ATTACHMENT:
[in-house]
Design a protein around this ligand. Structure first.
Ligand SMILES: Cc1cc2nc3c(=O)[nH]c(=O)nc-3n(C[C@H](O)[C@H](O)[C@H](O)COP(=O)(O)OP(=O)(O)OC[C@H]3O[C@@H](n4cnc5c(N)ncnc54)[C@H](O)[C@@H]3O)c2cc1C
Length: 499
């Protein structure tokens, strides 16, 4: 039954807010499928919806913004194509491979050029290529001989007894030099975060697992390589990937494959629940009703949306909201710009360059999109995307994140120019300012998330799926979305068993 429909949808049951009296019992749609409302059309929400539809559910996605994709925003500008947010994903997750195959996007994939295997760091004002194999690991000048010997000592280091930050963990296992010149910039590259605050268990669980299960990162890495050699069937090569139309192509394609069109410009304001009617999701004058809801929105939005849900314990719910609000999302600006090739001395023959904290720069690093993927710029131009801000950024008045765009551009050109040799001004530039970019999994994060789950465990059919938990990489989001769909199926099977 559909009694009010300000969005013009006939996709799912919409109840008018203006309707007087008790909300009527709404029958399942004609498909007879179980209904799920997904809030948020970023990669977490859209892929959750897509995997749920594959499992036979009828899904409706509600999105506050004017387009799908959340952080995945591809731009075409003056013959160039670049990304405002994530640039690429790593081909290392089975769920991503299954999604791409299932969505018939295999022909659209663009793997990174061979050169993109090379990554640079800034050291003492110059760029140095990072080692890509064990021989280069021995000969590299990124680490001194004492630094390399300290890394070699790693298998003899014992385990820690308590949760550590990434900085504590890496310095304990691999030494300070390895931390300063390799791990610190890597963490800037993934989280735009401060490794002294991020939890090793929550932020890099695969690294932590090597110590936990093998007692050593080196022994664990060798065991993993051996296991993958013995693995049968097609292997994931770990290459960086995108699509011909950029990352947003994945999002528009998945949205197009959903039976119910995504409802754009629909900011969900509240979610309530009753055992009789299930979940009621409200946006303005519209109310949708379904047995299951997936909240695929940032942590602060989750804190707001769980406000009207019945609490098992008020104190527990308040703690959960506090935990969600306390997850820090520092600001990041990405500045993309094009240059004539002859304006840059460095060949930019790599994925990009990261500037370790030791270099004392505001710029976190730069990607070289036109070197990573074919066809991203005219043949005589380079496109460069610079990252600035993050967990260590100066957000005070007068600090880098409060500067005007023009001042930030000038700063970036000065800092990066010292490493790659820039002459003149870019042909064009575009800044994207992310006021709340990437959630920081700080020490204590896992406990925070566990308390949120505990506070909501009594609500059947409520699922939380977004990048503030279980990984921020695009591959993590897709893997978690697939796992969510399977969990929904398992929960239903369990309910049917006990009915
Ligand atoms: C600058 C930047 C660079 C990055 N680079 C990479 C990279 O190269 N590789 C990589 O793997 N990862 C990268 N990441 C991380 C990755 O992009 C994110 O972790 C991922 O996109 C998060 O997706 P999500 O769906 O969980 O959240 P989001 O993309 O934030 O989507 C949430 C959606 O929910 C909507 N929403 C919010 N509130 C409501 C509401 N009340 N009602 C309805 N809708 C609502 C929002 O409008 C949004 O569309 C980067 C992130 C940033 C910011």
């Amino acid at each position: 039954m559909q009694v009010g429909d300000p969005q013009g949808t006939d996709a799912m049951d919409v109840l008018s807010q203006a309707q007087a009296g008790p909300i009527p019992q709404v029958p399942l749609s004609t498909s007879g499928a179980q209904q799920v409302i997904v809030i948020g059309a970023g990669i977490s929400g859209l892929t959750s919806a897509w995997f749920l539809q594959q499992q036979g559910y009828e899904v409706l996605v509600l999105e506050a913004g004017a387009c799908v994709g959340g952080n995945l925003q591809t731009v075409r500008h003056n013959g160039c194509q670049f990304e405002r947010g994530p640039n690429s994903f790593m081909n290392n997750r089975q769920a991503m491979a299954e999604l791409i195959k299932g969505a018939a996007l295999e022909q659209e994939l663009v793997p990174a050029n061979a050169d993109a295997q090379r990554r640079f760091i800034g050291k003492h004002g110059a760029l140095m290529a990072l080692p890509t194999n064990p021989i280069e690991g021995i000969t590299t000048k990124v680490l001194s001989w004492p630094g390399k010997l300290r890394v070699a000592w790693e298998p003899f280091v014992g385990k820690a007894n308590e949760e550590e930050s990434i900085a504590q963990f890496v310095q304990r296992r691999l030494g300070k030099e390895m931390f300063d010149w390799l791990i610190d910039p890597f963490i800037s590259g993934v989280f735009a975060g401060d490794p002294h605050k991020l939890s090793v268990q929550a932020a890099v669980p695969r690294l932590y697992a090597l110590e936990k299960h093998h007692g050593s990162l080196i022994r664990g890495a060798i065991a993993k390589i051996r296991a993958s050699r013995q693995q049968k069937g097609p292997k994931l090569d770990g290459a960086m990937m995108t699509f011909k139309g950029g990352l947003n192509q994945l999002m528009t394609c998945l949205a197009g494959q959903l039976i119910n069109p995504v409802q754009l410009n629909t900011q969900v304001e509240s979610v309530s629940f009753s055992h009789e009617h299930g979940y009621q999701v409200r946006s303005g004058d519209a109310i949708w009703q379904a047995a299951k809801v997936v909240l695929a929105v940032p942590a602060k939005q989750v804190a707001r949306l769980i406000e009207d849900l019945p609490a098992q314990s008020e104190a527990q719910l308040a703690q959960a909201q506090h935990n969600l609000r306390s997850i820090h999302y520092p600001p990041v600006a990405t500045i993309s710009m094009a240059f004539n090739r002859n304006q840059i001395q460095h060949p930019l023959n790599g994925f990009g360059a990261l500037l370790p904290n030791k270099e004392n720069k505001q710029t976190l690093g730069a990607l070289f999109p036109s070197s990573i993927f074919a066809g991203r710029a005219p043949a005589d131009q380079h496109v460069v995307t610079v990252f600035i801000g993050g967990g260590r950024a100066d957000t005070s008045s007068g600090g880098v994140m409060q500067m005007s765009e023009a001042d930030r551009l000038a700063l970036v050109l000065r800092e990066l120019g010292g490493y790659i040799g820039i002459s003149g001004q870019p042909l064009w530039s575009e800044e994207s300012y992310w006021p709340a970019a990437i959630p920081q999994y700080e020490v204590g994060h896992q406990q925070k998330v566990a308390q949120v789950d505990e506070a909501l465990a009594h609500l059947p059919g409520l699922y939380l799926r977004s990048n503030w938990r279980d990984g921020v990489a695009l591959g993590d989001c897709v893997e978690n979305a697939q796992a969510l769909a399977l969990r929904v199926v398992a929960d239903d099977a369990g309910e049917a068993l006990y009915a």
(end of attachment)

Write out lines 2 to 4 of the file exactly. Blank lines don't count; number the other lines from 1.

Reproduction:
Design a protein around this ligand. Structure first.
Ligand SMILES: Cc1cc2nc3c(=O)[nH]c(=O)nc-3n(C[C@H](O)[C@H](O)[C@H](O)COP(=O)(O)OP(=O)(O)OC[C@H]3O[C@@H](n4cnc5c(N)ncnc54)[C@H](O)[C@@H]3O)c2cc1C
Length: 499